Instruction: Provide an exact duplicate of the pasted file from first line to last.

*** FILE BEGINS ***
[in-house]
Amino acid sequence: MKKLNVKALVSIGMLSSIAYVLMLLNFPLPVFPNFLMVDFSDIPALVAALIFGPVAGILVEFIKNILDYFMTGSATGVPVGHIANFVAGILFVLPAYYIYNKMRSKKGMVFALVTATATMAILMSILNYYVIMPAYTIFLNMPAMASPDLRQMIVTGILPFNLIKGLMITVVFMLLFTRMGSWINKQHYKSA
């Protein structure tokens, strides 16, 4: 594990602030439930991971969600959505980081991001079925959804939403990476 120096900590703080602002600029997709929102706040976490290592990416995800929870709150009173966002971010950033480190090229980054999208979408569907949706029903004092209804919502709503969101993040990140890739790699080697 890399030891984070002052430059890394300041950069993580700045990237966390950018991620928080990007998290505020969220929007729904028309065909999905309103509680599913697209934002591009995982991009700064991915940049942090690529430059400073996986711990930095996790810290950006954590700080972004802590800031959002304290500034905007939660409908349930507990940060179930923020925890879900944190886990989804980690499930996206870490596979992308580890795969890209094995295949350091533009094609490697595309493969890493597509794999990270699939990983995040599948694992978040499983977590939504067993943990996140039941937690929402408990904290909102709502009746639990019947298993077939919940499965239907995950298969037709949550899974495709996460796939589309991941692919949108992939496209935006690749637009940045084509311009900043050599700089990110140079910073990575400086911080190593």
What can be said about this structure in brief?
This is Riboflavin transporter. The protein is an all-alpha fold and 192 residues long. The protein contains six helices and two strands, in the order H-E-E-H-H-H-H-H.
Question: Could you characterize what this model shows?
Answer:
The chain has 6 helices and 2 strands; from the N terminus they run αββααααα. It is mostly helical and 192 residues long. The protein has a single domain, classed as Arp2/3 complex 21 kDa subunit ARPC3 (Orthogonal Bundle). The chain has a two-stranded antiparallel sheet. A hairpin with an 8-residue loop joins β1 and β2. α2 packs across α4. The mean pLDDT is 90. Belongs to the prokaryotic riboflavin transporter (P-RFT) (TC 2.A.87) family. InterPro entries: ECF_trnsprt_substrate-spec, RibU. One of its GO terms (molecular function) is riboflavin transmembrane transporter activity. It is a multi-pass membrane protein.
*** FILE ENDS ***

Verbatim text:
[in-house]
Amino acid sequence: MKKLNVKALVSIGMLSSIAYVLMLLNFPLPVFPNFLMVDFSDIPALVAALIFGPVAGILVEFIKNILDYFMTGSATGVPVGHIANFVAGILFVLPAYYIYNKMRSKKGMVFALVTATATMAILMSILNYYVIMPAYTIFLNMPAMASPDLRQMIVTGILPFNLIKGLMITVVFMLLFTRMGSWINKQHYKSA
């Protein structure tokens, strides 16, 4: 594990602030439930991971969600959505980081991001079925959804939403990476 120096900590703080602002600029997709929102706040976490290592990416995800929870709150009173966002971010950033480190090229980054999208979408569907949706029903004092209804919502709503969101993040990140890739790699080697 890399030891984070002052430059890394300041950069993580700045990237966390950018991620928080990007998290505020969220929007729904028309065909999905309103509680599913697209934002591009995982991009700064991915940049942090690529430059400073996986711990930095996790810290950006954590700080972004802590800031959002304290500034905007939660409908349930507990940060179930923020925890879900944190886990989804980690499930996206870490596979992308580890795969890209094995295949350091533009094609490697595309493969890493597509794999990270699939990983995040599948694992978040499983977590939504067993943990996140039941937690929402408990904290909102709502009746639990019947298993077939919940499965239907995950298969037709949550899974495709996460796939589309991941692919949108992939496209935006690749637009940045084509311009900043050599700089990110140079910073990575400086911080190593």
What can be said about this structure in brief?
This is Riboflavin transporter. The protein is an all-alpha fold and 192 residues long. The protein contains six helices and two strands, in the order H-E-E-H-H-H-H-H.
Question: Could you characterize what this model shows?
Answer:
The chain has 6 helices and 2 strands; from the N terminus they run αββααααα. It is mostly helical and 192 residues long. The protein has a single domain, classed as Arp2/3 complex 21 kDa subunit ARPC3 (Orthogonal Bundle). The chain has a two-stranded antiparallel sheet. A hairpin with an 8-residue loop joins β1 and β2. α2 packs across α4. The mean pLDDT is 90. Belongs to the prokaryotic riboflavin transporter (P-RFT) (TC 2.A.87) family. InterPro entries: ECF_trnsprt_substrate-spec, RibU. One of its GO terms (molecular function) is riboflavin transmembrane transporter activity. It is a multi-pass membrane protein.